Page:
Stating that the administration had implemented efforts to increase inclusivity for disabled persons, Minister Aishath noted that opportunities were provided for them in employment and training, as well as sports, with the establishment of a Paralympic Office.
Addressing the prominent drug problem of Maldives, she spoke about the government's aim to establish rehabilitation centres in seven locations across Maldives, upgrade existing halfway houses and amending treatment programmes for effective outcomes, such as introducing methadone therapy.
Reiterating the country's willingness to make progress in all the aforementioned areas, she described Maldives' unique geography as one of the biggest challenges in overcoming the complications.
Minister of Home Affairs Imran Abdulla's main talking points at the UPR revolved around the reform of Maldives Police Service and the prison system, in addition to ensuring the right to assemble.
Although various parties, including the international community, raised alarm over the Maldivian government's implementation of the Freedom of Peaceful Assembly Act in July 2020, the home minister declared that "freedom of speech and freedom of assembly are granted to the highest degree" in Maldives.
Amended in former President Abdulla Yameen Abdul Gayoom's administration, with the target of restricting the right to protest, the prickly law was not repealed by the incumbent administration following President Solih's election in 2018.
Although the Parliamentary Committee on National Security and Foreign Relations finally abolished the amendments in October, after much discussion by relevant authorities and Imran suggesting that scrapping the amendment may "disrupt the system", police responded to recent peaceful protests by arresting participants, claiming that they had violated the Health Protection Agency (HPA) guidelines.
The security forces are a point of heavy scrutiny, while public criticism remains high over the police's response to peaceful protests in addition to their handling of sensitive cases and allegations of perpetuating impunity for certain "well-connected" individuals.
During the UPR session, Minister Imran assured that the implementation of the Strategic Action Plan (SAP), designed to increase public trust in police, increase the quality of their service and ensure accountability exempt from political influence, was underway.
Counting the government's wins, the minister also highlighted the prison audit conducted within the first 100 days of the Solih administration, which identified the issues in the prison system that required immediate attention.
Moreover, he mentioned the state's goal of ensuring that all prison officers are well-versed in the Nelson Mandela Rules by the end of 2021.
Listing down the lack of a cyber-crime law and congestion as the major challenges under the Home Ministry's mandate, Imran stated that efforts are underway to solve these issues by introducing new laws and kicking off stronger rehabilitation and reintegration programmes.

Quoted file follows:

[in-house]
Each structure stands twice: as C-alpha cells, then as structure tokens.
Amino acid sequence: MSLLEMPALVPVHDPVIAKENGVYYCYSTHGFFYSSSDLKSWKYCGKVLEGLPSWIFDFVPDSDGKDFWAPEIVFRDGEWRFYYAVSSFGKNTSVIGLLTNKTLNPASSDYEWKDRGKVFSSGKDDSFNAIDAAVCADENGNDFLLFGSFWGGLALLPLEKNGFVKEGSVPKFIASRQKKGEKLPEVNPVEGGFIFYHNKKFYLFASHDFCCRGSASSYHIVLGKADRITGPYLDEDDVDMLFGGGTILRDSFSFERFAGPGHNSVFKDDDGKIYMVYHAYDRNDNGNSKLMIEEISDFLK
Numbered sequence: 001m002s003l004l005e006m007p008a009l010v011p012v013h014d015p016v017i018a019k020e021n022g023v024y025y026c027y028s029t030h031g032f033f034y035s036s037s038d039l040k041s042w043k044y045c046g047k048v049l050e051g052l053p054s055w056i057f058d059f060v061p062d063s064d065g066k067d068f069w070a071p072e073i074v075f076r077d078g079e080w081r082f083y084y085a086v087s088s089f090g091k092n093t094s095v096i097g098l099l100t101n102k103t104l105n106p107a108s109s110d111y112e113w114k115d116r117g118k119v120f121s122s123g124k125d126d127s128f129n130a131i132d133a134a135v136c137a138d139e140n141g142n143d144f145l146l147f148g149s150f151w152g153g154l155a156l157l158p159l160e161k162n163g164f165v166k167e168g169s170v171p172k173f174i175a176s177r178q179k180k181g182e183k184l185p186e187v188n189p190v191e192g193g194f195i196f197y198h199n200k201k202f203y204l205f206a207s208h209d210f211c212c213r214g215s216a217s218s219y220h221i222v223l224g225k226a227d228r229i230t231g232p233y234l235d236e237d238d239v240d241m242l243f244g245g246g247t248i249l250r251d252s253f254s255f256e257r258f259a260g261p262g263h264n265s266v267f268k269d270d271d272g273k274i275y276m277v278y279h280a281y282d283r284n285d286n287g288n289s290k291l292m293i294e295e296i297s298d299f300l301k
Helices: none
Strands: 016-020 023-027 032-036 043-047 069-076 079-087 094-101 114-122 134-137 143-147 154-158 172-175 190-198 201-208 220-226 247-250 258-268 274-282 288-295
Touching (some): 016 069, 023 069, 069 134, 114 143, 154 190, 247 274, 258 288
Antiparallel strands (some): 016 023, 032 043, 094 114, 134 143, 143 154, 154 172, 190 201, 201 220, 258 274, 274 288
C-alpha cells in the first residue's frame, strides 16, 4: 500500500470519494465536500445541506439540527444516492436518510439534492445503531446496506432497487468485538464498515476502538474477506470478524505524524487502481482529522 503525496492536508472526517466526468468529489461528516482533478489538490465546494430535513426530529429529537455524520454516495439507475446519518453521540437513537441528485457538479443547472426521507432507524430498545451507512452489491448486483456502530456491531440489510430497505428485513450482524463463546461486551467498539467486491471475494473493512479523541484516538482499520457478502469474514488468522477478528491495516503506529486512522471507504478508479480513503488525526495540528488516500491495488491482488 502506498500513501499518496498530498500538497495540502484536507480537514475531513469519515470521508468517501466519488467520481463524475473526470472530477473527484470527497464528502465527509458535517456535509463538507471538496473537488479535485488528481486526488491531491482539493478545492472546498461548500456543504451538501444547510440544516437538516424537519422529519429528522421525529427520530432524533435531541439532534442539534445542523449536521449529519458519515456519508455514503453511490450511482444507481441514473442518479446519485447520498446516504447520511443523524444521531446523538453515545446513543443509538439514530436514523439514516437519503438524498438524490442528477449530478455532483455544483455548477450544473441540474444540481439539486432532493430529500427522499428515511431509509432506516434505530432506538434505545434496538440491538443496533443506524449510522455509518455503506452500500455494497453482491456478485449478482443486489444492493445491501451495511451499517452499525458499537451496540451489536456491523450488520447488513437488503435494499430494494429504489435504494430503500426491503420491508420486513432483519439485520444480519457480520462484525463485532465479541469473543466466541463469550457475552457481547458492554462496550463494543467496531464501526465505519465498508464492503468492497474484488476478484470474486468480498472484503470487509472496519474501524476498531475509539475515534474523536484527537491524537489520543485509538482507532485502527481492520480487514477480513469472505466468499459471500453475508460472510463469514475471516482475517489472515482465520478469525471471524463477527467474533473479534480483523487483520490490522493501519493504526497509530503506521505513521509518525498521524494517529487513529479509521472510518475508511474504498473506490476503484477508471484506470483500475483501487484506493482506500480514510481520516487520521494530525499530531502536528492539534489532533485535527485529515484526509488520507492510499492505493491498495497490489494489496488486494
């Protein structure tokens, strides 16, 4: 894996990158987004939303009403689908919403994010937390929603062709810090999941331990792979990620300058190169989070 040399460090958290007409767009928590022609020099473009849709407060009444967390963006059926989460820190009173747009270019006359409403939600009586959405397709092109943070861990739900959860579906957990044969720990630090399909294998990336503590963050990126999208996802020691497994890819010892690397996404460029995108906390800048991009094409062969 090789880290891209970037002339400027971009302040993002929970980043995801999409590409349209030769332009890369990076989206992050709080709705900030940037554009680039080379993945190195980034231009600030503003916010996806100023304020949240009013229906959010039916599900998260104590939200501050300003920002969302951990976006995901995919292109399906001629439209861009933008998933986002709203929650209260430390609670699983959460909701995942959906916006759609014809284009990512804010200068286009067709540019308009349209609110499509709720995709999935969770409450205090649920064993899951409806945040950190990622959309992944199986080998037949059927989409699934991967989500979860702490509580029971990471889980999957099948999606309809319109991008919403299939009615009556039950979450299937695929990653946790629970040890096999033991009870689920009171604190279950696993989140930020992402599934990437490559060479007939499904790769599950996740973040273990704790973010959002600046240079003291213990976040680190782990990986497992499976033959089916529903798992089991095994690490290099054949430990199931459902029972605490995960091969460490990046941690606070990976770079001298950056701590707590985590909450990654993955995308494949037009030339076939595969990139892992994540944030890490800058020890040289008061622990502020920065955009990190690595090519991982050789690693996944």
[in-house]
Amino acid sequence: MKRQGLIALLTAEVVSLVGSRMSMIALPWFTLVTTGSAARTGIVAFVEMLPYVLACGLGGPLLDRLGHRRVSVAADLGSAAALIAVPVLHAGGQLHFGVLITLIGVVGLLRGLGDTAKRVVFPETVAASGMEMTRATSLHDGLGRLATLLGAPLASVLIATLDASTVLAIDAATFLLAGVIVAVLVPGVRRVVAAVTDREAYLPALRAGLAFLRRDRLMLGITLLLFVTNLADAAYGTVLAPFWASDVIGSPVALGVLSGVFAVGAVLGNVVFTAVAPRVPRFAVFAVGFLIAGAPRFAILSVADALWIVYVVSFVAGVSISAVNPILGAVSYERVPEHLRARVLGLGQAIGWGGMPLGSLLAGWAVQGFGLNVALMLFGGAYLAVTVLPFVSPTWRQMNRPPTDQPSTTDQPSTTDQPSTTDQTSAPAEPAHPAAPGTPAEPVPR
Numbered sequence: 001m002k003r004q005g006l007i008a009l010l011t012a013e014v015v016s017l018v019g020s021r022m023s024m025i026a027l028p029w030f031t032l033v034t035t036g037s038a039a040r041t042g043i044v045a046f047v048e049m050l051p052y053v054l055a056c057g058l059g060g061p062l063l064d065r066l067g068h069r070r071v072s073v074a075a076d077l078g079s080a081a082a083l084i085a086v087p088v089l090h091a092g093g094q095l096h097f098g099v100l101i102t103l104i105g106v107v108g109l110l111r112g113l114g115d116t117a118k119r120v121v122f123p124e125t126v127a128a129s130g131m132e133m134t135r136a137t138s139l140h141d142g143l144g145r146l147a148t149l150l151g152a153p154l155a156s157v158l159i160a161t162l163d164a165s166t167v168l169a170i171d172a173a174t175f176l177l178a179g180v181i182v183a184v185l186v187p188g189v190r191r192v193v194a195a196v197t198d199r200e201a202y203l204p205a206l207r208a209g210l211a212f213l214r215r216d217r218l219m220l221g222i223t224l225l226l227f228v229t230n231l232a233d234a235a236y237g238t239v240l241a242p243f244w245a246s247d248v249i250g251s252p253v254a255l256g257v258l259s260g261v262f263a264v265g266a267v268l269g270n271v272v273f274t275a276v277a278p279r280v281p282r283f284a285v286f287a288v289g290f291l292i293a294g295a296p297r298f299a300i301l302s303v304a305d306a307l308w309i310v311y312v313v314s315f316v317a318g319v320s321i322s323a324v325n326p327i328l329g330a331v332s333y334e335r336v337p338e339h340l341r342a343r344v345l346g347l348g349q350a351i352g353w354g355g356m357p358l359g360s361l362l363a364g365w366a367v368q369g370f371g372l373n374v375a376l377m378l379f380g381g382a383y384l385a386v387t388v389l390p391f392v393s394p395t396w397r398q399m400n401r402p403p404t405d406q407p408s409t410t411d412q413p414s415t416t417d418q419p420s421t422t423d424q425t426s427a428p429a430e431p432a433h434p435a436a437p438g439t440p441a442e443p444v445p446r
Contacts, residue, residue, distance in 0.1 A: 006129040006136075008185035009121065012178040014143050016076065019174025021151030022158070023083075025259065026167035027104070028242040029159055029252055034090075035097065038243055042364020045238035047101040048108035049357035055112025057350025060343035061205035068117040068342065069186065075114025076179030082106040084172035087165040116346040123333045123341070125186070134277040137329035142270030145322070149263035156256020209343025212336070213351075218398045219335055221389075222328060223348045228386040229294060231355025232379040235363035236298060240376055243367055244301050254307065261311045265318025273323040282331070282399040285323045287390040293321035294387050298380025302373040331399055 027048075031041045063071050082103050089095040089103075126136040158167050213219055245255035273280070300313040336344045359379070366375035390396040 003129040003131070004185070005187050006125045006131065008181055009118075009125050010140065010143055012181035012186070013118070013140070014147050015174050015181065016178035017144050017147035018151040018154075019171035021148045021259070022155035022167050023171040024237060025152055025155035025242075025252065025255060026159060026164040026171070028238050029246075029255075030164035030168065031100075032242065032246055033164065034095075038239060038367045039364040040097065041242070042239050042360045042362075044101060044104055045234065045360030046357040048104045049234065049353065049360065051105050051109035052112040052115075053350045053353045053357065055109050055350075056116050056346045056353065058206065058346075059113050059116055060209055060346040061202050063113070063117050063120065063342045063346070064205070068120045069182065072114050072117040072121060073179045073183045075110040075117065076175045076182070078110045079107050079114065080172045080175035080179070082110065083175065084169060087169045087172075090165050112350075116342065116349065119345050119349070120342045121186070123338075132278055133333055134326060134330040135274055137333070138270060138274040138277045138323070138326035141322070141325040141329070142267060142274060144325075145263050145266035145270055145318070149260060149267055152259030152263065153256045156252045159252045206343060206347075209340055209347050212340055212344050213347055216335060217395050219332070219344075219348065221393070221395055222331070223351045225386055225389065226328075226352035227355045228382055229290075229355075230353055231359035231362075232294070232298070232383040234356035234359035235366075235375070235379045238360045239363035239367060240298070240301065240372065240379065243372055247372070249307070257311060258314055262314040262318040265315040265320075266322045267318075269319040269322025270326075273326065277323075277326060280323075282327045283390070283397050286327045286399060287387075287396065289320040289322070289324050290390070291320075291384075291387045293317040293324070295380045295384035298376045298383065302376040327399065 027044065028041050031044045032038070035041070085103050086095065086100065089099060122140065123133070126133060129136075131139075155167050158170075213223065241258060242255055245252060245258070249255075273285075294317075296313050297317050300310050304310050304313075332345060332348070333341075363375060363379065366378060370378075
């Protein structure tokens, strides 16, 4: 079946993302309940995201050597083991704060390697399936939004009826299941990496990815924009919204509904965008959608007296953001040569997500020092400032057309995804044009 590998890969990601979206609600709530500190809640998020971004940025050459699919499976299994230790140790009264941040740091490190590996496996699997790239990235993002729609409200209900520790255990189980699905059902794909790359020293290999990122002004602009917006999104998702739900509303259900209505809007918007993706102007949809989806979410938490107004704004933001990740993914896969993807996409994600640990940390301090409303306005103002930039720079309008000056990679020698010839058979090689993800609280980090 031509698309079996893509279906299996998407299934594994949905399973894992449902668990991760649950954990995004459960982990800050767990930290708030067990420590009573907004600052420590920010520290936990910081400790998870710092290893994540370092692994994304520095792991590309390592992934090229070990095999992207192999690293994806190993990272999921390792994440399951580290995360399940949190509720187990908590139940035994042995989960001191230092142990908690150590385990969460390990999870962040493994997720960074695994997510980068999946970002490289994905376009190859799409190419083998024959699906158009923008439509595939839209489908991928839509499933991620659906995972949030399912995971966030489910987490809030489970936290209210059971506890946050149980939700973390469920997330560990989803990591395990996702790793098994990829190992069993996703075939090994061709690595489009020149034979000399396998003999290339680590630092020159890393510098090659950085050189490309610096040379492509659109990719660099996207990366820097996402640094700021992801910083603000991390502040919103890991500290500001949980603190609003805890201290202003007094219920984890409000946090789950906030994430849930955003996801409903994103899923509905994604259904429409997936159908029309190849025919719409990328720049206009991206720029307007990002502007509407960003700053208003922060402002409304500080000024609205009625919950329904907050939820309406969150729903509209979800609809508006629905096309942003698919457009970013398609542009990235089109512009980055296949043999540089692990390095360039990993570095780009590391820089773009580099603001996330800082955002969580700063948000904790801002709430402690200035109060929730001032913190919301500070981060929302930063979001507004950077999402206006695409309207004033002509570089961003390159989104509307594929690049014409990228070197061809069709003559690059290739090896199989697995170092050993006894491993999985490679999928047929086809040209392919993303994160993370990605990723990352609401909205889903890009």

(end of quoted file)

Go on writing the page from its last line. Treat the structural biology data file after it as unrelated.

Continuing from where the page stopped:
Minister of Economics Fayyaz Ismail asserted at the UPR that rights will be ensured for all expatriate workers in Maldives.
He made this statement a few months after the country recorded a number of expat-led protests amidst renewed concerns from rights groups as well as the general public, over the continued exploitation of foreign workers in Maldives.
Violations include withholding of wages, human trafficking, poor living conditions, and other human rights violations. Further, the aforementioned low quality of life has cemented the disproportionate effect had by Maldives' ongoing COVID-19 outbreak on its vast migrant population.
Fayyaz noted that the state was working closely with relevant institutions to tackle the issue, through amending laws and improving the living conditions for migrant workers.
On the 21st of July 2020, the Chief of Defence Force reported to the Parliament that there were 179,964 registered and 66,000 non-registered labour workers in the country reaching a total of 245,964 expatriate workers.
In June 2020, the United States 'Trafficking in Persons Report' placed Maldives in its 'Tier 2 Watch List' for failing to prevent forced labour, fraudulent recruitment, confiscation of identity and travel documents, debt-based coercion and human trafficking. Maldives has remained on Tier 2 for the past two years.
On July 30, the government announced the implementation of a 'National Anti-Human Trafficking Action Plan 2020–2022', which will be carried out in accordance with the United Nations Convention against Transnational Organized Crime (UNTOC).
However, Fayyaz admitted that there were various challenges in implementing the action plan, adding that Maldives had to further work on punishing perpetrators of human trafficking.
He added that the state had set up temporary shelters for victims of human trafficking, in addition to making arrangements for their repatriation with the cooperation of the international community.
The Maldivian delegation has until December 14 to decide on its positions in response to the recommendations it receives.
The UPR process aims to improve the human rights situations in all countries, along with addressing violations. It involves a review of the human rights records of all member states of the UN, where each state declares the actions taken to improve the human rights situations in their respective countries.
The UPR Working Group holds three two-week sessions per year and is currently in the midst of its Third Cycle review which began in 2017 and will conclude in 2021.